The DLC's are worth buying but not necessary until after you decide on how you like the game. If you are like me, I want the challenge of the original 1850 GC to learn all the in's and out's of the game. Once you like it, I definitely agree that the 1880 GC is a good buy and then you would probably want to buy all the DLC's to either add more content to your game, be able to play shorter games and/or support a great company like AGEOD.

I believe the game came out in 2011 and it is still going strong for several reasons. 1) The devotion of the developers and testers to this game to improve it and to help satisfy the wishes of their very devoted customers (hello other companies, are you listening????) 2) The devotion of the customers to this game. It is a bit of a tough nut to crack (I HIGHLY recommend reading Loki's AAR on Sardinia-Piedmont, it should probably be an addendum in the manual because it will unlock the mysteries that stump first time players - especially the economic aspects of the game, which are daunting, but once learned, easy and fun). The game is still going very strong and word is that once the current two projects are completed, more time can be spent on improving the game with a gold version or PON2. This game is not going away.

See above paragraph on my opinion of Loki!

In a previous thread, someone mentioned that if they had only one game to play PON would be it. I second that thought. There is nothing comparable to it. I believe it is light years ahead of the competition for players who like the more realistic and historical aspects of gaming, yet can still play "what if scenarios" within their game. Sorry, I do like GCIII, although by now, the game is more repetitive in play than the original game so I won't be playing it as much, but for me, it is a fun distraction.

In summation, if you enjoy thinking out turns (and obviously, taking the time to do this) rather than point and clicking in a RTS, and enjoy the strategy involved in preparation for war and in post-war planning, PON is a must have game, IMHO.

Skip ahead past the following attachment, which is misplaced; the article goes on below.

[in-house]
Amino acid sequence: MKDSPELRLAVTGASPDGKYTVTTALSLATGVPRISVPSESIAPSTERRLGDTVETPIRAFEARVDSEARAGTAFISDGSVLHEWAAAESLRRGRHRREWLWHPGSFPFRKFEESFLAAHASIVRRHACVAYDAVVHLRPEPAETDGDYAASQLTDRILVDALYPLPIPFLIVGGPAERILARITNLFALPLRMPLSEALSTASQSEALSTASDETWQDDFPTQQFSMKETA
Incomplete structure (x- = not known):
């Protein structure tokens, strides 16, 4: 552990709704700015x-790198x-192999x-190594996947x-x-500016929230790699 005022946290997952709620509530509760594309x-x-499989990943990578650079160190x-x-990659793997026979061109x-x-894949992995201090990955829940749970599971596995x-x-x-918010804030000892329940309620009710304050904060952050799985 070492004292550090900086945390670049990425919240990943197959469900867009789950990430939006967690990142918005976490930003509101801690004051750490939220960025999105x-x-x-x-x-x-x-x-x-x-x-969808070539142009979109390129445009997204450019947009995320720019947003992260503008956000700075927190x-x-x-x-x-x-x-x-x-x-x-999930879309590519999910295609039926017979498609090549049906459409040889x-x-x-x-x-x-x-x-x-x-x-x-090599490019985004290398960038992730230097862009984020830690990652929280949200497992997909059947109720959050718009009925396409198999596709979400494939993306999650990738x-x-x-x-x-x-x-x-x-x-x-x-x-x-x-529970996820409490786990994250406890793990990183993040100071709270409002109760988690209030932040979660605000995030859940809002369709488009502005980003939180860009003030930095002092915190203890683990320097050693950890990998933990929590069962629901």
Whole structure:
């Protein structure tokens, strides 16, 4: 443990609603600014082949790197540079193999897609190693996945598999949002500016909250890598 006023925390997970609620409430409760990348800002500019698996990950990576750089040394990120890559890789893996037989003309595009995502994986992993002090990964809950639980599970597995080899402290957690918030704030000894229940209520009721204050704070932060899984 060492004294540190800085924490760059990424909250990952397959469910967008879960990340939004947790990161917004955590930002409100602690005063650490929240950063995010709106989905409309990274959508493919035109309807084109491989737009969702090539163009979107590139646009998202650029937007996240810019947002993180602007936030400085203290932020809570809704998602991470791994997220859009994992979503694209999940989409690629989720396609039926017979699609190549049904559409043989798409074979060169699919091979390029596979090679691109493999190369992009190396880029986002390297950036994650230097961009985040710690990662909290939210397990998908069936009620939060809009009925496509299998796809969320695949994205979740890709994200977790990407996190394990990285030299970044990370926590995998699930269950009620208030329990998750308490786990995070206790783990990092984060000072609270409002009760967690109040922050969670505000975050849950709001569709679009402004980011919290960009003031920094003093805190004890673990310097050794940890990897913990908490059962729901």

Prussia
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Fri Jul 10, 2015 2:26 am

Seathom et al:

Thank you for your comments and advice.

Is the 1880 Campaign that is mentioned, the Scramble for Africa?

Thank you all for your help.

seathom
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Fri Jul 10, 2015 4:11 am

Yes, Scramble for Africa is the 1880 campaign.

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loki100
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Fri Jul 10, 2015 1:38 pm

seathom wrote:...

The DLC's are worth buying but not necessary until after you decide on how you like the game. If you are like me, I want the challenge of the original 1850 GC to learn all the in's and out's of the game. Once you like it, I definitely agree that the 1880 GC is a good buy and then you would probably want to buy all the DLC's to either add more content to your game, be able to play shorter games and/or support a great company like AGEOD.

I believe the game came out in 2011 and it is still going strong for several reasons. 1) The devotion of the developers and testers to this game to improve it and to help satisfy the wishes of their very devoted customers (hello other companies, are you listening????) 2) The devotion of the customers to this game. It is a bit of a tough nut to crack (I HIGHLY recommend reading Loki's AAR on Sardinia-Piedmont, it should probably be an addendum in the manual because it will unlock the mysteries that stump first time players - especially the economic aspects of the game, which are daunting, but once learned, easy and fun). The game is still going very strong and word is that once the current two projects are completed, more time can be spent on improving the game with a gold version or PON2. This game is not going away.

See above paragraph on my opinion of Loki!

....


I'd agree that PoN is truely addictive. I suspect the next patch will end the official development of the game and Pocus has indicated he'll look at adapting some of the speed optimisation from ACW2/EAW.

Some of the scenarios are good. I'd strongly suggest the Boer War (which comes with the base game) as it will give you an insight into how PoN models asymetric warfare ... this is the core of the colonial game as regular European armies struggle in poor terrain when they have to lug around supply wagons etc.